Uganda leading pipeline race
The country's oil-export pipeline will make progress. Tanzania's LNG plans probably won’t
Construction of a $3.55bn pipeline to take up to 200,000 barrels a day of oil 1,445km from the Albertine Basin of landlocked Uganda to the Tanzanian coast will be in full tilt in 2018. Oil should flow by 2020—at last giving an outlet to 1.7bn of recoverable reserves, the first of which were found more than a decade ago. Total, Cnooc and Tullow Oil are the main players in Uganda. Others may drill soon following a drawn-out licensing round for acreage relinquished by those three. Australia's Armour Energy was the first to sign a new exploration deal in 2017.
Neighbouring Kenya lost out to Tanzania in a battle to play host to and share the Ugandan oil pipeline and must now go its own way. Expect lobbying and maybe even a decision on that in 2018. It could involve building a pipeline from oil reserves discovered by Tullow and others close to Lake Turkana in northern Kenya either to Lamu or the established port of Mombasa, further south. Recoverable reserves are estimated at 0.75bn barrels. Explorers will also drill more wells in 2018.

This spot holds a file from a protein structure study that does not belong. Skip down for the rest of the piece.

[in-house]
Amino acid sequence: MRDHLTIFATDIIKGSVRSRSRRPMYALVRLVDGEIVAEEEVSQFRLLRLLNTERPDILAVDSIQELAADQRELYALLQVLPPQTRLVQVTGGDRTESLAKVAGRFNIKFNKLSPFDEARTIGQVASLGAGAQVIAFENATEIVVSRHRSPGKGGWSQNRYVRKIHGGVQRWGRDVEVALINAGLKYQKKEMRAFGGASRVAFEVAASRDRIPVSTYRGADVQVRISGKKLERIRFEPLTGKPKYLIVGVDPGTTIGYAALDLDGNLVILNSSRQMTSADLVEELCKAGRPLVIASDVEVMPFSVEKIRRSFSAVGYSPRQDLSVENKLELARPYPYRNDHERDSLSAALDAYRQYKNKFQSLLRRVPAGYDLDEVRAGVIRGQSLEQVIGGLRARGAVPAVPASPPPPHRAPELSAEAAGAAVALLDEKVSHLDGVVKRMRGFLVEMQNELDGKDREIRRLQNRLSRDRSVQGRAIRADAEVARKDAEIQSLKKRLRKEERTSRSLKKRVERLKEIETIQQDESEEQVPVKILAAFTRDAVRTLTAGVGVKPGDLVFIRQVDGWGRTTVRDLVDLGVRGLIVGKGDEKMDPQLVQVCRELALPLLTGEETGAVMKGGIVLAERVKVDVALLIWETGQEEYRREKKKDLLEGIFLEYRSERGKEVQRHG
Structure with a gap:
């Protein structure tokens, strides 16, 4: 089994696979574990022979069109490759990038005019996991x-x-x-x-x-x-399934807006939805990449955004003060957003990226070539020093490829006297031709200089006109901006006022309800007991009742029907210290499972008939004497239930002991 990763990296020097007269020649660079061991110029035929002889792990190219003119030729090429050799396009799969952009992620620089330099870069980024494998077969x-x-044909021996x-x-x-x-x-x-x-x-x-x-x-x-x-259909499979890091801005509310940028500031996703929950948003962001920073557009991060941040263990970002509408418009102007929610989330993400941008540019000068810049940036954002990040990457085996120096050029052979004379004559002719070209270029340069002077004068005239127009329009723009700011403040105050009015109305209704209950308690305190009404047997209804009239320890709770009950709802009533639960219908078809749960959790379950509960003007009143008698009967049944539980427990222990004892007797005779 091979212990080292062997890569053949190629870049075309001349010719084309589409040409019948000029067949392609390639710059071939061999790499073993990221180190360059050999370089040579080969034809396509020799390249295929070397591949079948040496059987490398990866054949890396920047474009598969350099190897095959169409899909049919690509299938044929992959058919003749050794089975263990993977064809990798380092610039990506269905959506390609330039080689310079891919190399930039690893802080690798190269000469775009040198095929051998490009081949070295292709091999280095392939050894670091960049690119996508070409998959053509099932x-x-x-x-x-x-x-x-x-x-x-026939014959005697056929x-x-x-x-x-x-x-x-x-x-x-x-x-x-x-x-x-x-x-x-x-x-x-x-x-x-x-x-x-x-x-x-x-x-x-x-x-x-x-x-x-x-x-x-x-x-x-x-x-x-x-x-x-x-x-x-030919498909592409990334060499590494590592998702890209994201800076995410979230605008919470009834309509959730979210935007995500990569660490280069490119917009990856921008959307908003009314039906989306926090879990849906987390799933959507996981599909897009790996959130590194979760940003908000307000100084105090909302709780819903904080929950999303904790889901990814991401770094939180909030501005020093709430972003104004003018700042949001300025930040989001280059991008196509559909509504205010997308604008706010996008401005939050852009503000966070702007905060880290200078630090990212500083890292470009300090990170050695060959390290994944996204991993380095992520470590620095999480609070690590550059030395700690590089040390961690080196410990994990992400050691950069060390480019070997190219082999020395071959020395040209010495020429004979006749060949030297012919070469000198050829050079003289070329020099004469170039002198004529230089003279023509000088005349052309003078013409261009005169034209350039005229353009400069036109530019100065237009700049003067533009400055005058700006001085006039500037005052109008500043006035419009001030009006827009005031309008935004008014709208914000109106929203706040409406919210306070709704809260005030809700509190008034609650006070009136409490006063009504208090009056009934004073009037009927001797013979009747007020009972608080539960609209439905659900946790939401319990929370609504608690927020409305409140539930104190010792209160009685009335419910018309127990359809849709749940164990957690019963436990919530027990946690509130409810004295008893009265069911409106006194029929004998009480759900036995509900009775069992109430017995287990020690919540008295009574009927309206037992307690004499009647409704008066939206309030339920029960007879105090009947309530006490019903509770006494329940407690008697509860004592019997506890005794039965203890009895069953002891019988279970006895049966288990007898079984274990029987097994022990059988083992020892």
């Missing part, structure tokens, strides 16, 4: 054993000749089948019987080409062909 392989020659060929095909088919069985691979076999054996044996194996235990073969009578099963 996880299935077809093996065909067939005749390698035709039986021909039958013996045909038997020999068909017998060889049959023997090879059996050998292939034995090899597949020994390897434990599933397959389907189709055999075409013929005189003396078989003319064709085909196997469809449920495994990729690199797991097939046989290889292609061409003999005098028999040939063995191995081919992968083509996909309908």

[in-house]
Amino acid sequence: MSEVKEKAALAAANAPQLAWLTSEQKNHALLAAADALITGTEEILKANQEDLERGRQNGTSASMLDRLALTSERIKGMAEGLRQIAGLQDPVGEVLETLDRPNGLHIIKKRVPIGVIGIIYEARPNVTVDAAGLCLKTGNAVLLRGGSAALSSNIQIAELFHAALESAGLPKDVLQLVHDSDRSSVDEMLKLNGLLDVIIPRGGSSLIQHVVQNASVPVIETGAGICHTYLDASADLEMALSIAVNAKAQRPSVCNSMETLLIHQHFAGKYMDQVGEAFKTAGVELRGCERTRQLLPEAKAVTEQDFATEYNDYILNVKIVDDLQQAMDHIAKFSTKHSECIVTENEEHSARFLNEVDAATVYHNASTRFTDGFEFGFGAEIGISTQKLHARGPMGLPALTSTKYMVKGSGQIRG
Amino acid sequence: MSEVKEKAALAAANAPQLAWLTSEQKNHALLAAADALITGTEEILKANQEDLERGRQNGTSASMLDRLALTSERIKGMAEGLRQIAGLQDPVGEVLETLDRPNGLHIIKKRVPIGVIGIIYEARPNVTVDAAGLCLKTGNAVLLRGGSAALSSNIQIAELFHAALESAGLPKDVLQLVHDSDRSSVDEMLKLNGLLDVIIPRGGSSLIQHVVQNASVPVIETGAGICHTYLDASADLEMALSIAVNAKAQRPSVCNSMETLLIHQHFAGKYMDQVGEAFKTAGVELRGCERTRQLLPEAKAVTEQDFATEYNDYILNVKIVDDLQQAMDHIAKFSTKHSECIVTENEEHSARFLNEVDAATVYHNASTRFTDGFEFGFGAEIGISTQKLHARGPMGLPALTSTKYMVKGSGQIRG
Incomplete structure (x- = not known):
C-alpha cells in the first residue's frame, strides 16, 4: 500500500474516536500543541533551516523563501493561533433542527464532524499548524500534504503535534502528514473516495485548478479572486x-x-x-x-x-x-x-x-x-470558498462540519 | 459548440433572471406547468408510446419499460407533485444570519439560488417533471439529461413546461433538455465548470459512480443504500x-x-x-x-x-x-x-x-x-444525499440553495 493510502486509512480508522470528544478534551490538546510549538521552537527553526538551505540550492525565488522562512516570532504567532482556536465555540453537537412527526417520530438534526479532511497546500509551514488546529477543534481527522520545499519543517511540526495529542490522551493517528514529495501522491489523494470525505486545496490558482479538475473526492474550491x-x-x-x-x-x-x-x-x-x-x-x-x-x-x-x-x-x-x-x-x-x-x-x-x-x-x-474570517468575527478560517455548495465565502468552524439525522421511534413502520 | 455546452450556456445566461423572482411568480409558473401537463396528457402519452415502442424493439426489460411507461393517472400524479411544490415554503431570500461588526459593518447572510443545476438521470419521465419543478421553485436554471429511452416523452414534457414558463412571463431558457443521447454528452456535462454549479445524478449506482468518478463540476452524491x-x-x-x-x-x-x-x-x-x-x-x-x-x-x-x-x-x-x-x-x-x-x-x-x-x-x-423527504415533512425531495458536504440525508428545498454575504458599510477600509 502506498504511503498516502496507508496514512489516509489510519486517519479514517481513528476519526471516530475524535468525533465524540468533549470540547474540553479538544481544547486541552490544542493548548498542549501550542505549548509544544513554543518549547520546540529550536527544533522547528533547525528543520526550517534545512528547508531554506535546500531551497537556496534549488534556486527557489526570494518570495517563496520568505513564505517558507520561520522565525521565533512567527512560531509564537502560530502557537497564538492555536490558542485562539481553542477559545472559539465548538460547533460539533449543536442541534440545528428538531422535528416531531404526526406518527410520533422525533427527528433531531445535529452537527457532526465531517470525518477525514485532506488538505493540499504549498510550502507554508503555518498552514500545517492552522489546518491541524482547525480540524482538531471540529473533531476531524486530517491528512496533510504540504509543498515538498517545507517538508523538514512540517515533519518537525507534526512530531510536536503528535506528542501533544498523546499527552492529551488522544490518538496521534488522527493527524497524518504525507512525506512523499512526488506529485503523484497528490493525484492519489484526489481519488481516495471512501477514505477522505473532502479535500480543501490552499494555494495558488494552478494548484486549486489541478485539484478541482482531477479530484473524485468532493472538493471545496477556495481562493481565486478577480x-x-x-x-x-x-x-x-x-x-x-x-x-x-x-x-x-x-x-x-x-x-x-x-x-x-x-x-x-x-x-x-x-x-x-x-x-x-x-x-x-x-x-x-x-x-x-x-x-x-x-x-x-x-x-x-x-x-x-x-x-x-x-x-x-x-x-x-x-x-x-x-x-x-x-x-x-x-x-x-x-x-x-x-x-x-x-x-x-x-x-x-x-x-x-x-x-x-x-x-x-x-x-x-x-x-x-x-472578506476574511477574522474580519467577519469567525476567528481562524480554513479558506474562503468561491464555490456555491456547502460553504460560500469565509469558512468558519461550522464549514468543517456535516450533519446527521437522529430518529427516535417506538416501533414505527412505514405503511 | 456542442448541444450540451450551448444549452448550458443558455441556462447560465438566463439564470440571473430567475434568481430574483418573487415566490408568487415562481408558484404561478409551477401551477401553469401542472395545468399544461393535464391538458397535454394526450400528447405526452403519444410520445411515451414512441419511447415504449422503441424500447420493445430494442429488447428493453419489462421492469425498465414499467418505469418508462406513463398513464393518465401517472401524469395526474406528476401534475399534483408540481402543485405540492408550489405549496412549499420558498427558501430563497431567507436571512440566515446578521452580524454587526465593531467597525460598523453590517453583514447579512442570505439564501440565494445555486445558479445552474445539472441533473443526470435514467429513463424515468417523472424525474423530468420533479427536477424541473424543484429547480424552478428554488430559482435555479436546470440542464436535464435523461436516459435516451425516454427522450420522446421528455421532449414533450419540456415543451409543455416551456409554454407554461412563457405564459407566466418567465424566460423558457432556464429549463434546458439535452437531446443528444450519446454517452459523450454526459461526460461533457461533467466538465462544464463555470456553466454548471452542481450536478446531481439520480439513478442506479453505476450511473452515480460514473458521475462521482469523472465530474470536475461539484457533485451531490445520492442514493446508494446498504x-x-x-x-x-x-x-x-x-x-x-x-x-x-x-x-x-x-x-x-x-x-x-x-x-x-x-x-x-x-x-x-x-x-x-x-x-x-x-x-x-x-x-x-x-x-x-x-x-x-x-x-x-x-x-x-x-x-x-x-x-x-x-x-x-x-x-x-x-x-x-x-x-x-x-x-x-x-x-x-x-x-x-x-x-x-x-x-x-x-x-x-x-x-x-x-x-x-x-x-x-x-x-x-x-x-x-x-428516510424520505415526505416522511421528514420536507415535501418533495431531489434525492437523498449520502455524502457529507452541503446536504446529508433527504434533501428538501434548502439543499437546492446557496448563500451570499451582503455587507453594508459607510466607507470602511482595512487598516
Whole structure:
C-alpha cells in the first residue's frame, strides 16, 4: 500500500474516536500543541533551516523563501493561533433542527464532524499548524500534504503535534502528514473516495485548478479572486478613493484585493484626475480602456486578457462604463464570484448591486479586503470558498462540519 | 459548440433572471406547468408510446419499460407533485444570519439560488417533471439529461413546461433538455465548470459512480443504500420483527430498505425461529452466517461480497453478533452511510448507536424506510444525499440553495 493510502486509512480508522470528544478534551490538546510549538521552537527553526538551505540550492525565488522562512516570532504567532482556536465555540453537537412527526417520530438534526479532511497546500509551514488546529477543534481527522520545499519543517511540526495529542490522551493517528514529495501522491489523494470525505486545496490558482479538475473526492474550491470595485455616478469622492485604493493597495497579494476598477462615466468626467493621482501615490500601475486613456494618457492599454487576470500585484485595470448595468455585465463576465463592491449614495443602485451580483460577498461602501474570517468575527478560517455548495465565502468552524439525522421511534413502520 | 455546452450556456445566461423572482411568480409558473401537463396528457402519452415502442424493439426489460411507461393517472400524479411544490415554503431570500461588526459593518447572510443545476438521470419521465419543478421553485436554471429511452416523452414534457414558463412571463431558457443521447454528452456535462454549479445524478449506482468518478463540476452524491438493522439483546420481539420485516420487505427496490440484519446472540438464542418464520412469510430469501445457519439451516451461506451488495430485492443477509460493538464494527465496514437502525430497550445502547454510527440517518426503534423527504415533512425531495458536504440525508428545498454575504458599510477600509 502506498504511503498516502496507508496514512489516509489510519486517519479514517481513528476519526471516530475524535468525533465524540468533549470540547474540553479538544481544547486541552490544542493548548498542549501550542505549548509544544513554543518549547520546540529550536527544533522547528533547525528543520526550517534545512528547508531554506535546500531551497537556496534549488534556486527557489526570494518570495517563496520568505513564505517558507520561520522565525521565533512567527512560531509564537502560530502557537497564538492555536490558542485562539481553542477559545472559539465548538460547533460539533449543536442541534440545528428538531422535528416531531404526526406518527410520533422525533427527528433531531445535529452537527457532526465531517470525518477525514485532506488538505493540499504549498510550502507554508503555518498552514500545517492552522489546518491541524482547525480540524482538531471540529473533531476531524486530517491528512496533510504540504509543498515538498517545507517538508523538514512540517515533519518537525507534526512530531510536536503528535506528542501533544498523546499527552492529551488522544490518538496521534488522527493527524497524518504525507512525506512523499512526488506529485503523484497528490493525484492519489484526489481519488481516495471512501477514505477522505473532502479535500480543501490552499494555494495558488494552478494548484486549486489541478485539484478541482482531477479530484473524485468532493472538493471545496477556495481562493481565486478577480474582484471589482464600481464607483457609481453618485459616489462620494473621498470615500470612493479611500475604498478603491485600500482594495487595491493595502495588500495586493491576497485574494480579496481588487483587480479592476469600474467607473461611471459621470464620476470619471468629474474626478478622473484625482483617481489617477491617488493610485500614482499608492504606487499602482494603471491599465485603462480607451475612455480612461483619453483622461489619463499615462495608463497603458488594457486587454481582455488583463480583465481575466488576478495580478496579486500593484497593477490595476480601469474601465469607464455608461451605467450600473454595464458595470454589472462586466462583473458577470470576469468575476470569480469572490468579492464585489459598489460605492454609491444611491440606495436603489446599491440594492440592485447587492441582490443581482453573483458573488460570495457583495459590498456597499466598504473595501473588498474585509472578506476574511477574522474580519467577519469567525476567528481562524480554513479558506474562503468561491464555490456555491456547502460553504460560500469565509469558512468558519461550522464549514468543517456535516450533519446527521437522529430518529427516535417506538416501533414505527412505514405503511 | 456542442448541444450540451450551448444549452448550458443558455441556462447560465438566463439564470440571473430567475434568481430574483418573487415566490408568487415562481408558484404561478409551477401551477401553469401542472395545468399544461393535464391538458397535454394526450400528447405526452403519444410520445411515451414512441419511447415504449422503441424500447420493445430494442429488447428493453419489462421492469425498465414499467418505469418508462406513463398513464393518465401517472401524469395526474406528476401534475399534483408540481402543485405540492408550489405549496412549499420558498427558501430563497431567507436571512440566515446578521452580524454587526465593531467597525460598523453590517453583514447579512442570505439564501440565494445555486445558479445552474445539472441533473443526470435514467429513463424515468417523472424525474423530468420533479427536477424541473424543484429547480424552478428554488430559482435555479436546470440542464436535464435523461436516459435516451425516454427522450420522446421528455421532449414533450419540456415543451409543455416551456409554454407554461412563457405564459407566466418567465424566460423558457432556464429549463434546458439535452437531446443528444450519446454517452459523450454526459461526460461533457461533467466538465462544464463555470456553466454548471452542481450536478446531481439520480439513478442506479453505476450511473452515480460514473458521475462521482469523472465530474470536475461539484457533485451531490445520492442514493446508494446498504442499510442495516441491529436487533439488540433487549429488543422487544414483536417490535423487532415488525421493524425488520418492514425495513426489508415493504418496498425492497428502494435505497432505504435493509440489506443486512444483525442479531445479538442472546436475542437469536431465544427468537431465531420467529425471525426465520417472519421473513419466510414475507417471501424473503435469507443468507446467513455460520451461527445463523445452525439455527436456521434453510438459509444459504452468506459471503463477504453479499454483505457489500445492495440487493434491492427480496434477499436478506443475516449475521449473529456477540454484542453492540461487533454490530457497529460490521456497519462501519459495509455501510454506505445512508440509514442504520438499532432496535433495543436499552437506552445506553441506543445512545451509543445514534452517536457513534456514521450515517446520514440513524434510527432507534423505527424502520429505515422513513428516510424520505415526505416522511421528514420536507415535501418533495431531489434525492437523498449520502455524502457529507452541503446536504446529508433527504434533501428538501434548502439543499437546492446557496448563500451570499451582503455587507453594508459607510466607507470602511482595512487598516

The speed of progress may depend on whether Kenya's national politics remain calm, and whether communities in the Turkana area, which disrupted operations in 2017, can be persuaded they will get a fair share of future oil revenues. A delayed "early oil" scheme to send small amounts of Tullow's oil to the coast by truck may be a temporary solution in 2018.
Tanzania will also need to play catch up, if it wants to compete with its neighbour Mozambique as an East African energy hub. The two countries share the gas reserves of the Rovuma Basin. But while Mozambique's first LNG project, Eni's Coral South floating LNG facility, has been given the green light, Tanzania has yet to reach a deal with the majors exploring its waters—a cause not helped by legislative uncertainties over the security of foreign investment in the country's natural resources sector. Don't expect swift progress in 2018. Investors may need some convincing to sign off on a major Tanzanian hydrocarbons investment in the next year.
Source: Petroleum Economist
Ian Lewis is Africa editor at Petroleum Economist
This article is part of Outlook 2018, our annual book looking at energy market trends for the year ahead. To purchase a copy, click here